Kraft and Furlong notes

Kraft and Furlong notes - Public policy is what public...

Info iconThis preview shows pages 1–2. Sign up to view the full content.

View Full Document Right Arrow Icon
Public policy is what public officials within government, and by extension the citizens they represent, choose to do or not to do about public problems. Public problems refer to conditions the public widely perceives to be unacceptable and therefore requiring intervention. Problems such as environmental degradation, threats to workplace safety, or insufficient access to health care services can be addressed through government action, private action (where individuals or corporations take the responsibility), or a combination of the two. Policy refers to a purposive course of action that an individual or group consistently follows in dealing with a problem. Policy is a “standing decision characterized by behavioral consistency and repetitiveness on the part of both those who make it and those who abide by it.” Whether in the public or private sector, policies can also be thought of as the instruments through which societies regulate themselves and attempt to channel human behavior in acceptable directions. Policy outputs – the formal actions that governments take to pursue their goals. Policy outcomes – the effects of such actions actually have on society. Policies represent which of many different values are given the highest priority in any given decision. Politics is “the authoritative allocation of values for a society.” Government refers to the institutions and political processes through which public policy choices are made. These institutions and processes represent the legal authority to govern or rule a group of people. Politics concerns the exercise of power in society or in specific decisions over public policy. Politics is used to refer to the processes through which public policies are formulated and adopted, especially to the roles played by elected officials, organized interest groups, and political parties – politics of policymaking. Politics can also be thought of as how conflicts in society (such as those over rights to abortion services or immigration restrictions or gay marriages) are expressed and resolved in favor of one set of interests or social values or another. Politics in this case refers to the issue positions that different groups of people (gun owners, environmentalists, health insurance companies, automobile companies) adopt and the actions they take to promote their values. Politics is about influence and power in society as well as in the process of policymaking within government. It concerns who participates in and influences the decisions that governments make and who gains and who loses as a result. Politics is about “who gets what, when, and how.” Policy analysis Public policy is not made in a vacuum. It is affected by social economic conditions, prevailing political values and the public mood at any given time, the structure of the government, and national and local cultural norms, among other variables. Social, economic, political, governing, and cultural contexts of public policy.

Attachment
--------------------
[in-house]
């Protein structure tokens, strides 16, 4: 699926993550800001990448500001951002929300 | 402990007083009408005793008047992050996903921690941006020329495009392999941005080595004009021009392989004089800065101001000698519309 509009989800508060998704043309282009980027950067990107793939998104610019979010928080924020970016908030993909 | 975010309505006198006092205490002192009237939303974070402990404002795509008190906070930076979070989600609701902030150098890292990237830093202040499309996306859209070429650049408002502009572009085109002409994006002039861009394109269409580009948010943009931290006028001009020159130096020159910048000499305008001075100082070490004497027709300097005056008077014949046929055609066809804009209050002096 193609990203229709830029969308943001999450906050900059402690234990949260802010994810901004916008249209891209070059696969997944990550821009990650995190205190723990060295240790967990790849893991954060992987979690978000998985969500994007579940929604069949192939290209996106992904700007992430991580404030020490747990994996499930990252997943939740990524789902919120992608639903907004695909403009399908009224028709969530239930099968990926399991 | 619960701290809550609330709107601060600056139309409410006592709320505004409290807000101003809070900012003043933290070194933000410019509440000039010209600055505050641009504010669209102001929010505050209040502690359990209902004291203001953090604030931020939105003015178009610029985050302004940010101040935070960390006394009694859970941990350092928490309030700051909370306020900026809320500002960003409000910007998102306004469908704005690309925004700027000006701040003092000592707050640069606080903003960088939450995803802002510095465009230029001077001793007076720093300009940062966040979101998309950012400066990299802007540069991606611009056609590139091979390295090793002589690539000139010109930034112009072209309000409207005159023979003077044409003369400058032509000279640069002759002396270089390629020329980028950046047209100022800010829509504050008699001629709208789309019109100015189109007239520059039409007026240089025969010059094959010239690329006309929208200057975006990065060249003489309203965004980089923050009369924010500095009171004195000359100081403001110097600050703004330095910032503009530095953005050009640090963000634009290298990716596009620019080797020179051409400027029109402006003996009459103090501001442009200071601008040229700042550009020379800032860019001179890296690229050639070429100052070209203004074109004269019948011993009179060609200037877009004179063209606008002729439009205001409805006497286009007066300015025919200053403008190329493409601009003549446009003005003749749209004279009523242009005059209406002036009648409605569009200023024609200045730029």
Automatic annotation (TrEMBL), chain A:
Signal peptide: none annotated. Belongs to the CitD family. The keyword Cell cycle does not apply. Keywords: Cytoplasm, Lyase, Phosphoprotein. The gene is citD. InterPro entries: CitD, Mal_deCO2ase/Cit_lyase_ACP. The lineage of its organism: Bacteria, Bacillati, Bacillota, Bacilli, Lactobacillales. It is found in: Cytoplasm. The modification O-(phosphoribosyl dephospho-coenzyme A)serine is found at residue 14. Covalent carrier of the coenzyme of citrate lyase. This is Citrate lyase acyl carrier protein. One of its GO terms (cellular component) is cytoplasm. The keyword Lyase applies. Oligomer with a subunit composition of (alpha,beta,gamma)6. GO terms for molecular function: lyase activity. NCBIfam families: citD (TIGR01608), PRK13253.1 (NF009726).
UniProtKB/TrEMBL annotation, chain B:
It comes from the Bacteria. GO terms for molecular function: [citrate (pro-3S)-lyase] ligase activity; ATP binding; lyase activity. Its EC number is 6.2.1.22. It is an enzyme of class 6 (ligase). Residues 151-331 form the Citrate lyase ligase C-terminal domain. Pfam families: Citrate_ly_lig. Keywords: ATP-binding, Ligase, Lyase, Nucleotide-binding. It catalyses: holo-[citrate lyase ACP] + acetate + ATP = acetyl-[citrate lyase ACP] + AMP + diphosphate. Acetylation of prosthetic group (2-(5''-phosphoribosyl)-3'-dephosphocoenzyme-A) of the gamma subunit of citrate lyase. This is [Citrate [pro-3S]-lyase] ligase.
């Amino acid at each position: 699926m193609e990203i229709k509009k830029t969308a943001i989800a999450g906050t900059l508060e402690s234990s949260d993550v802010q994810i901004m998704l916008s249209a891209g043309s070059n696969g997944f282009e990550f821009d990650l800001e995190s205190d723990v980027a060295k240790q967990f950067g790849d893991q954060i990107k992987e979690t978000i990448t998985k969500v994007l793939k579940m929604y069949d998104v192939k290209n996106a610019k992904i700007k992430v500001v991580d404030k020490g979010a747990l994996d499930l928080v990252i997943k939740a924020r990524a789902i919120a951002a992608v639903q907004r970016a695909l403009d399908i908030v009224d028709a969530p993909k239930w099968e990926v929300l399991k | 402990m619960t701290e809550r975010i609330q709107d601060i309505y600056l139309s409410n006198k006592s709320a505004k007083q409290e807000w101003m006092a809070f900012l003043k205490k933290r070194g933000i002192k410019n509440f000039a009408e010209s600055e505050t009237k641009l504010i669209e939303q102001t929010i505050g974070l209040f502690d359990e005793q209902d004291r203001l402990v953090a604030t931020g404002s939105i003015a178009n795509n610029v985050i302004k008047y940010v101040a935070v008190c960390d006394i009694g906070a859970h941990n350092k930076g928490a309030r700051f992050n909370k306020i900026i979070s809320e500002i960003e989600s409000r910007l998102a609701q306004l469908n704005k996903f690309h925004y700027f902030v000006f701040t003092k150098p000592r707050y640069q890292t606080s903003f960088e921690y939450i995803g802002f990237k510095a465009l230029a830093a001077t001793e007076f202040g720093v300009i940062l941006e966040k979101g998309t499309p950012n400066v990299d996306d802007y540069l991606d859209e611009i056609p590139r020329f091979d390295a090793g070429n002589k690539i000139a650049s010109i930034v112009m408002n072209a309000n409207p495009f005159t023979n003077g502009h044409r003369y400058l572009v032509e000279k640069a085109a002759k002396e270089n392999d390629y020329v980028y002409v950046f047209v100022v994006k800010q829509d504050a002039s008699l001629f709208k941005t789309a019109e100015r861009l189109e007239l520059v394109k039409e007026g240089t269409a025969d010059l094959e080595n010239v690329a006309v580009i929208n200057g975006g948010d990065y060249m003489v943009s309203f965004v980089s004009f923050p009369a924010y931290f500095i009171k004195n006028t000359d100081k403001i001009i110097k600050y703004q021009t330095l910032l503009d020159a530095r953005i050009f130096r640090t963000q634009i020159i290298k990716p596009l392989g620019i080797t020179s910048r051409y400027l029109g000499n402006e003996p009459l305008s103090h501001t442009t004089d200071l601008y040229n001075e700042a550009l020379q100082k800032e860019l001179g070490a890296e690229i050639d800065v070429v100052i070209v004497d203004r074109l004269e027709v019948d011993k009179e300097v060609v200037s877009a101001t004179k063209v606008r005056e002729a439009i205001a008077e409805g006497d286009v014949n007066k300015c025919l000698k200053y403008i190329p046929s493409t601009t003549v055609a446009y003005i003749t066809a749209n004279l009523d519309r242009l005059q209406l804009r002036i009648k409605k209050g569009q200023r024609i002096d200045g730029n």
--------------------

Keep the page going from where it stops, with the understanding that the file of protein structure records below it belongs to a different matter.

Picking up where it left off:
Background image of page 1

Info iconThis preview has intentionally blurred sections. Sign up to view the full version.

View Full DocumentRight Arrow Icon
Image of page 2
This is the end of the preview. Sign up to access the rest of the document.

Page1 / 4

Kraft and Furlong notes - Public policy is what public...

This preview shows document pages 1 - 2. Sign up to view the full document.

View Full Document Right Arrow Icon
Ask a homework question - tutors are online